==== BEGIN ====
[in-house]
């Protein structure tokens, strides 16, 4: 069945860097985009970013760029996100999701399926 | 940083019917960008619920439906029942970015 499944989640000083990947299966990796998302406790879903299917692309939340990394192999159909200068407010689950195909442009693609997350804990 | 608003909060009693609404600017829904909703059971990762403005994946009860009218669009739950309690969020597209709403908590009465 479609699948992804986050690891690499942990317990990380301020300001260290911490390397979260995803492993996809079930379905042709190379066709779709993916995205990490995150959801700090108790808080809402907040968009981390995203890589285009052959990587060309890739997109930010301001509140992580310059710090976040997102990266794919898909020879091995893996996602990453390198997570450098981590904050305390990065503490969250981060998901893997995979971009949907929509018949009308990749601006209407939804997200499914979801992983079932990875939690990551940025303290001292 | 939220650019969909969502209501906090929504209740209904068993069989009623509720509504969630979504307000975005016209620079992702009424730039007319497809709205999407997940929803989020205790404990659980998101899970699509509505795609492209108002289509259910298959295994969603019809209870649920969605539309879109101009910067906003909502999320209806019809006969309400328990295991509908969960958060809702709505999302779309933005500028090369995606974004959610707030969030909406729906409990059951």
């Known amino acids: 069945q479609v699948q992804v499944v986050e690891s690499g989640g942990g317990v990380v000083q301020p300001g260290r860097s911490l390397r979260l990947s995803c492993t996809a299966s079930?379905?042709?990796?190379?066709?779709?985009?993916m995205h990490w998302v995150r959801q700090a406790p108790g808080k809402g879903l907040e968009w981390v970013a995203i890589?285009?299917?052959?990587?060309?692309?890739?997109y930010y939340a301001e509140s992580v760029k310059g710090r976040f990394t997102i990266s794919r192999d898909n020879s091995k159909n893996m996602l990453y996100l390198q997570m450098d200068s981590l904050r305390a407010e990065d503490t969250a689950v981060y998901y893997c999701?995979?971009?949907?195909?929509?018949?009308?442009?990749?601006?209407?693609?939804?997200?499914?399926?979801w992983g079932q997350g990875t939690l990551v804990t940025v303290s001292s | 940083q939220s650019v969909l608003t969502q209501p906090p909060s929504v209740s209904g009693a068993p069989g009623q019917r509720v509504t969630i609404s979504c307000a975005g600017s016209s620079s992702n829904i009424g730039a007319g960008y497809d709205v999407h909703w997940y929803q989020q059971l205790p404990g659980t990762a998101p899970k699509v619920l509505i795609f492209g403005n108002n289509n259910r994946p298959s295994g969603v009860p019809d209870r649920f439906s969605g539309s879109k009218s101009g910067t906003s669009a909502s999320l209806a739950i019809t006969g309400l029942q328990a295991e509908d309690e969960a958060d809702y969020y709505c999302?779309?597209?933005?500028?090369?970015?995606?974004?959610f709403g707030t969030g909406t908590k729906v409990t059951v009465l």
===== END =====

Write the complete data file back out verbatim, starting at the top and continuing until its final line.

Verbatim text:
[in-house]
């Protein structure tokens, strides 16, 4: 069945860097985009970013760029996100999701399926 | 940083019917960008619920439906029942970015 499944989640000083990947299966990796998302406790879903299917692309939340990394192999159909200068407010689950195909442009693609997350804990 | 608003909060009693609404600017829904909703059971990762403005994946009860009218669009739950309690969020597209709403908590009465 479609699948992804986050690891690499942990317990990380301020300001260290911490390397979260995803492993996809079930379905042709190379066709779709993916995205990490995150959801700090108790808080809402907040968009981390995203890589285009052959990587060309890739997109930010301001509140992580310059710090976040997102990266794919898909020879091995893996996602990453390198997570450098981590904050305390990065503490969250981060998901893997995979971009949907929509018949009308990749601006209407939804997200499914979801992983079932990875939690990551940025303290001292 | 939220650019969909969502209501906090929504209740209904068993069989009623509720509504969630979504307000975005016209620079992702009424730039007319497809709205999407997940929803989020205790404990659980998101899970699509509505795609492209108002289509259910298959295994969603019809209870649920969605539309879109101009910067906003909502999320209806019809006969309400328990295991509908969960958060809702709505999302779309933005500028090369995606974004959610707030969030909406729906409990059951």
């Known amino acids: 069945q479609v699948q992804v499944v986050e690891s690499g989640g942990g317990v990380v000083q301020p300001g260290r860097s911490l390397r979260l990947s995803c492993t996809a299966s079930?379905?042709?990796?190379?066709?779709?985009?993916m995205h990490w998302v995150r959801q700090a406790p108790g808080k809402g879903l907040e968009w981390v970013a995203i890589?285009?299917?052959?990587?060309?692309?890739?997109y930010y939340a301001e509140s992580v760029k310059g710090r976040f990394t997102i990266s794919r192999d898909n020879s091995k159909n893996m996602l990453y996100l390198q997570m450098d200068s981590l904050r305390a407010e990065d503490t969250a689950v981060y998901y893997c999701?995979?971009?949907?195909?929509?018949?009308?442009?990749?601006?209407?693609?939804?997200?499914?399926?979801w992983g079932q997350g990875t939690l990551v804990t940025v303290s001292s | 940083q939220s650019v969909l608003t969502q209501p906090p909060s929504v209740s209904g009693a068993p069989g009623q019917r509720v509504t969630i609404s979504c307000a975005g600017s016209s620079s992702n829904i009424g730039a007319g960008y497809d709205v999407h909703w997940y929803q989020q059971l205790p404990g659980t990762a998101p899970k699509v619920l509505i795609f492209g403005n108002n289509n259910r994946p298959s295994g969603v009860p019809d209870r649920f439906s969605g539309s879109k009218s101009g910067t906003s669009a909502s999320l209806a739950i019809t006969g309400l029942q328990a295991e509908d309690e969960a958060d809702y969020y709505c999302?779309?597209?933005?500028?090369?970015?995606?974004?959610f709403g707030t969030g909406t908590k729906v409990t059951v009465l």